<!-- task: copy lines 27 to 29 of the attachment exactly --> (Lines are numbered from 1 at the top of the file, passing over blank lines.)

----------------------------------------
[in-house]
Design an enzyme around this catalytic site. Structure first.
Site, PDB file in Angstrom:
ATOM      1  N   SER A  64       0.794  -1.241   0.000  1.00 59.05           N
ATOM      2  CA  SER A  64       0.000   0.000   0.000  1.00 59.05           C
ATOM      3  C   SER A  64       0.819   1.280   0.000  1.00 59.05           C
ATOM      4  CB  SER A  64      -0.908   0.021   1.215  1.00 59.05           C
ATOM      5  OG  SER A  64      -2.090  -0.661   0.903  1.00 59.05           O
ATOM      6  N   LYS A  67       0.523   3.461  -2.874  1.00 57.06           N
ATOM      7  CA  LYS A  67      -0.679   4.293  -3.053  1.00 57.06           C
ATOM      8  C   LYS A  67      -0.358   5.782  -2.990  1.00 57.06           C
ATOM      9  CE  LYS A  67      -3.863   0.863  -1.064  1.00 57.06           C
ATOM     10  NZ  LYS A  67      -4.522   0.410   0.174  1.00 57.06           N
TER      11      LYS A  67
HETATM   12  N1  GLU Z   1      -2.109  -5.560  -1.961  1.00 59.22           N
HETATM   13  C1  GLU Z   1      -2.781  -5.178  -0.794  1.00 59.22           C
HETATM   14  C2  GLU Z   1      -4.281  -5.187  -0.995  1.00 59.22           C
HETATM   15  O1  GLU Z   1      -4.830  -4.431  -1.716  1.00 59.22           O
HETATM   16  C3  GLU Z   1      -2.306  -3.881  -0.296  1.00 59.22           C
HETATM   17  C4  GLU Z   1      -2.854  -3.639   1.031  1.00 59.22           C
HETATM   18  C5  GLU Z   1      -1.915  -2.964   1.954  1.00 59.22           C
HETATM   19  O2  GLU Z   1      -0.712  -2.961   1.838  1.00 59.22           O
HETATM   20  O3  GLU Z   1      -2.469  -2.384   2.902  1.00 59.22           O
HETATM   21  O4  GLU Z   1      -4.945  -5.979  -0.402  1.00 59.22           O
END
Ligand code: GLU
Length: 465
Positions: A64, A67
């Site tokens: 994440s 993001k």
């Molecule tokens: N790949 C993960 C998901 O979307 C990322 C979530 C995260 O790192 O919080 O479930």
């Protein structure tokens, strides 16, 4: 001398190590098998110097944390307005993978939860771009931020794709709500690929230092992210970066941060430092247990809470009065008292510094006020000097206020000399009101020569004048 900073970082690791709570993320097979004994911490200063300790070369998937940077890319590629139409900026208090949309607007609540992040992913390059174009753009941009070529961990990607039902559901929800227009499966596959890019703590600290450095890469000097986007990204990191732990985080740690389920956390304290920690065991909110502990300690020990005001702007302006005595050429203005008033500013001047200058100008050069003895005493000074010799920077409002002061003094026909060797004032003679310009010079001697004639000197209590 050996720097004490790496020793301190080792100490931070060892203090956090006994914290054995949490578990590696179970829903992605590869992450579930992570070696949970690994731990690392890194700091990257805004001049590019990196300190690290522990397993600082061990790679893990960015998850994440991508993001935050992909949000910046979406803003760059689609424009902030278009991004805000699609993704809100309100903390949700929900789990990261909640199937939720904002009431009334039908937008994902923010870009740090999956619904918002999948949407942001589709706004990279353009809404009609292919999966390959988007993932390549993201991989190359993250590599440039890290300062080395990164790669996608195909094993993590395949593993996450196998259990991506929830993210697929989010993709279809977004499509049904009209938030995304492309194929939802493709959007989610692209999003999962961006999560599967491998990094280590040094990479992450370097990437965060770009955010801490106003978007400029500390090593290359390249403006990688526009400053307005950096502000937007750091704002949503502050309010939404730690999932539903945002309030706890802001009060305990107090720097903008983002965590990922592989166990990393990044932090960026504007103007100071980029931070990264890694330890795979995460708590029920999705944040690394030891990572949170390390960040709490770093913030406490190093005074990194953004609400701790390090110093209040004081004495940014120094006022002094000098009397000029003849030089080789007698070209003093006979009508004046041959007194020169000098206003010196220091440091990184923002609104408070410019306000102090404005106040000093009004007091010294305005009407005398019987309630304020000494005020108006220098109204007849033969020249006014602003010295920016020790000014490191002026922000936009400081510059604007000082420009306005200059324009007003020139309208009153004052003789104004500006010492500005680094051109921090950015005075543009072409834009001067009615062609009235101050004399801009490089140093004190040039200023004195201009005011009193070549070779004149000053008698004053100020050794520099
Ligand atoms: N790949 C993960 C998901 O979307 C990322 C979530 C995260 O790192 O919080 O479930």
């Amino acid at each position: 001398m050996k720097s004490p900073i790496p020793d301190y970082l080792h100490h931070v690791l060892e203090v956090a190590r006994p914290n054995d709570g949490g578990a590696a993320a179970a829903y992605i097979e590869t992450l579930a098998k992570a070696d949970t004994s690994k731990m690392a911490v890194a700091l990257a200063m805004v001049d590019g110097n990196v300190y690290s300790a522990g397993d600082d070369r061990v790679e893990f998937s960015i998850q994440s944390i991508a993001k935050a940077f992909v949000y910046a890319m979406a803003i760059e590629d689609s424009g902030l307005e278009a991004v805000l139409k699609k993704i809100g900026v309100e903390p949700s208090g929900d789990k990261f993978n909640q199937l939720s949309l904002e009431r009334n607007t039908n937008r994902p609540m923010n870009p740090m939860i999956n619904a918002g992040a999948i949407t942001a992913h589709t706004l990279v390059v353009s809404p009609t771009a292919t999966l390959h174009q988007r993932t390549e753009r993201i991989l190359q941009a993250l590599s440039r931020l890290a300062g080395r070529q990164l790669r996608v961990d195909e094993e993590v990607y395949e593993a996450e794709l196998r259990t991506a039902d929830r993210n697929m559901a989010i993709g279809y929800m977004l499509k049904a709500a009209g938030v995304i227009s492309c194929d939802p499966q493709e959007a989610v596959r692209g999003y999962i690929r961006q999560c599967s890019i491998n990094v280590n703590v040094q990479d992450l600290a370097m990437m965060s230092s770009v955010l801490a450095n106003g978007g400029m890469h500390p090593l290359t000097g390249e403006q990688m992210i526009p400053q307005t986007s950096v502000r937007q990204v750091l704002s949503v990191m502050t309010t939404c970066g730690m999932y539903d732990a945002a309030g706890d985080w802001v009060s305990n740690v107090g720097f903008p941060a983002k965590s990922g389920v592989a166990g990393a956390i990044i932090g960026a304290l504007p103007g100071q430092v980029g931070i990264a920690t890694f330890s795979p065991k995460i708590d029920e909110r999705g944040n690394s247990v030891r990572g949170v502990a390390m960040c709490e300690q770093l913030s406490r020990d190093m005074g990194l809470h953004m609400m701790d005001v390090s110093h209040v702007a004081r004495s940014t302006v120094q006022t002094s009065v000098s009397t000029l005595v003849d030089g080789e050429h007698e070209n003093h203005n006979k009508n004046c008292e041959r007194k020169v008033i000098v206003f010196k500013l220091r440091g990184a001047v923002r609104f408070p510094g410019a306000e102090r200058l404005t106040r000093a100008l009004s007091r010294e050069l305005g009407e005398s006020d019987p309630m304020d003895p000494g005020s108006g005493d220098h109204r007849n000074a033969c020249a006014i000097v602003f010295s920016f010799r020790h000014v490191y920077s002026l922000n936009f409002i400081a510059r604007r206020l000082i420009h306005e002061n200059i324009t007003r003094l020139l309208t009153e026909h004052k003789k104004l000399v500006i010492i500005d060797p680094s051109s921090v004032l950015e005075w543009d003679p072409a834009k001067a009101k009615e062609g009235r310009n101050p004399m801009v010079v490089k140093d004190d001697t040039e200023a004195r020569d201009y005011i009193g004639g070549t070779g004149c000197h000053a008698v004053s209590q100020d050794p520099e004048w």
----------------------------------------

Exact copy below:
Length: 465
Positions: A64, A67
């Site tokens: 994440s 993001k």